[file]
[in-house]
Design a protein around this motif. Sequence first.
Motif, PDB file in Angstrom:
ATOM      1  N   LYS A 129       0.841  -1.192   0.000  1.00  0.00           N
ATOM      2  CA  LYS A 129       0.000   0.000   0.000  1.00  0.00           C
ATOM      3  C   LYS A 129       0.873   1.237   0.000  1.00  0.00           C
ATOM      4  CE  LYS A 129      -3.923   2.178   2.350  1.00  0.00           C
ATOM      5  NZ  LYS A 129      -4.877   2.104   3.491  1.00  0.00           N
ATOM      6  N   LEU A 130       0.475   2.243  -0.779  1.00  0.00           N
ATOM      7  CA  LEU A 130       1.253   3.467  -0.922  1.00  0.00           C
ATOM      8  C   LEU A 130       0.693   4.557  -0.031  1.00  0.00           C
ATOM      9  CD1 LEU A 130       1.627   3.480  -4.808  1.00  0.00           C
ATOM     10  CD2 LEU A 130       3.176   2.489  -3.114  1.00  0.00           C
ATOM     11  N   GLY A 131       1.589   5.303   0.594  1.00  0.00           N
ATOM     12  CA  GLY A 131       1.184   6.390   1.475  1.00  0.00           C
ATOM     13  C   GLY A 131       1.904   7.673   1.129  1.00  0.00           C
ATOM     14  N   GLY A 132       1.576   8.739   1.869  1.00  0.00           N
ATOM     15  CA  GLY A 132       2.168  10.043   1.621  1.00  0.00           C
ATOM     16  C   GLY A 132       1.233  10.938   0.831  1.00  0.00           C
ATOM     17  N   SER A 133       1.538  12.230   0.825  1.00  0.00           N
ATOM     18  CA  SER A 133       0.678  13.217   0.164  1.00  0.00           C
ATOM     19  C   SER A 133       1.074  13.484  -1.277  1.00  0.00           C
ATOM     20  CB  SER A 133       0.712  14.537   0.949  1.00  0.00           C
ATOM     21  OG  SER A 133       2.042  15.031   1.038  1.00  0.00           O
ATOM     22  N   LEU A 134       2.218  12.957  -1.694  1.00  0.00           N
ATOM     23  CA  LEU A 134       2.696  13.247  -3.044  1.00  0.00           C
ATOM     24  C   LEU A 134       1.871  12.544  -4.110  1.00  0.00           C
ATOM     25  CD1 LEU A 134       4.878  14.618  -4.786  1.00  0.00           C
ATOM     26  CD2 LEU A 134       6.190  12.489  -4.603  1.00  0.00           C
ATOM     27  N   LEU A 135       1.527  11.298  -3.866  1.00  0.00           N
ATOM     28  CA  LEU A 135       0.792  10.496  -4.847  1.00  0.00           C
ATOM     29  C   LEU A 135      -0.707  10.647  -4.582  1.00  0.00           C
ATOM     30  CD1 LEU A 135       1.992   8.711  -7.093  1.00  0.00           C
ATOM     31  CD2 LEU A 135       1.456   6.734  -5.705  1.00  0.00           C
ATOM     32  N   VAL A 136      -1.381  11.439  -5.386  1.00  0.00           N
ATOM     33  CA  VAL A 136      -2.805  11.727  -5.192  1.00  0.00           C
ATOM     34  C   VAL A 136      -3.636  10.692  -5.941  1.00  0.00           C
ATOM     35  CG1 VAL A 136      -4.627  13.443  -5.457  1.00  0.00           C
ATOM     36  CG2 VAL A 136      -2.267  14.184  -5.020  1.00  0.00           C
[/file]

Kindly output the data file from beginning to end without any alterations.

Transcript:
[in-house]
Design a protein around this motif. Sequence first.
Motif, PDB file in Angstrom:
ATOM      1  N   LYS A 129       0.841  -1.192   0.000  1.00  0.00           N
ATOM      2  CA  LYS A 129       0.000   0.000   0.000  1.00  0.00           C
ATOM      3  C   LYS A 129       0.873   1.237   0.000  1.00  0.00           C
ATOM      4  CE  LYS A 129      -3.923   2.178   2.350  1.00  0.00           C
ATOM      5  NZ  LYS A 129      -4.877   2.104   3.491  1.00  0.00           N
ATOM      6  N   LEU A 130       0.475   2.243  -0.779  1.00  0.00           N
ATOM      7  CA  LEU A 130       1.253   3.467  -0.922  1.00  0.00           C
ATOM      8  C   LEU A 130       0.693   4.557  -0.031  1.00  0.00           C
ATOM      9  CD1 LEU A 130       1.627   3.480  -4.808  1.00  0.00           C
ATOM     10  CD2 LEU A 130       3.176   2.489  -3.114  1.00  0.00           C
ATOM     11  N   GLY A 131       1.589   5.303   0.594  1.00  0.00           N
ATOM     12  CA  GLY A 131       1.184   6.390   1.475  1.00  0.00           C
ATOM     13  C   GLY A 131       1.904   7.673   1.129  1.00  0.00           C
ATOM     14  N   GLY A 132       1.576   8.739   1.869  1.00  0.00           N
ATOM     15  CA  GLY A 132       2.168  10.043   1.621  1.00  0.00           C
ATOM     16  C   GLY A 132       1.233  10.938   0.831  1.00  0.00           C
ATOM     17  N   SER A 133       1.538  12.230   0.825  1.00  0.00           N
ATOM     18  CA  SER A 133       0.678  13.217   0.164  1.00  0.00           C
ATOM     19  C   SER A 133       1.074  13.484  -1.277  1.00  0.00           C
ATOM     20  CB  SER A 133       0.712  14.537   0.949  1.00  0.00           C
ATOM     21  OG  SER A 133       2.042  15.031   1.038  1.00  0.00           O
ATOM     22  N   LEU A 134       2.218  12.957  -1.694  1.00  0.00           N
ATOM     23  CA  LEU A 134       2.696  13.247  -3.044  1.00  0.00           C
ATOM     24  C   LEU A 134       1.871  12.544  -4.110  1.00  0.00           C
ATOM     25  CD1 LEU A 134       4.878  14.618  -4.786  1.00  0.00           C
ATOM     26  CD2 LEU A 134       6.190  12.489  -4.603  1.00  0.00           C
ATOM     27  N   LEU A 135       1.527  11.298  -3.866  1.00  0.00           N
ATOM     28  CA  LEU A 135       0.792  10.496  -4.847  1.00  0.00           C
ATOM     29  C   LEU A 135      -0.707  10.647  -4.582  1.00  0.00           C
ATOM     30  CD1 LEU A 135       1.992   8.711  -7.093  1.00  0.00           C
ATOM     31  CD2 LEU A 135       1.456   6.734  -5.705  1.00  0.00           C
ATOM     32  N   VAL A 136      -1.381  11.439  -5.386  1.00  0.00           N
ATOM     33  CA  VAL A 136      -2.805  11.727  -5.192  1.00  0.00           C
ATOM     34  C   VAL A 136      -3.636  10.692  -5.941  1.00  0.00           C
ATOM     35  CG1 VAL A 136      -4.627  13.443  -5.457  1.00  0.00           C
ATOM     36  CG2 VAL A 136      -2.267  14.184  -5.020  1.00  0.00           C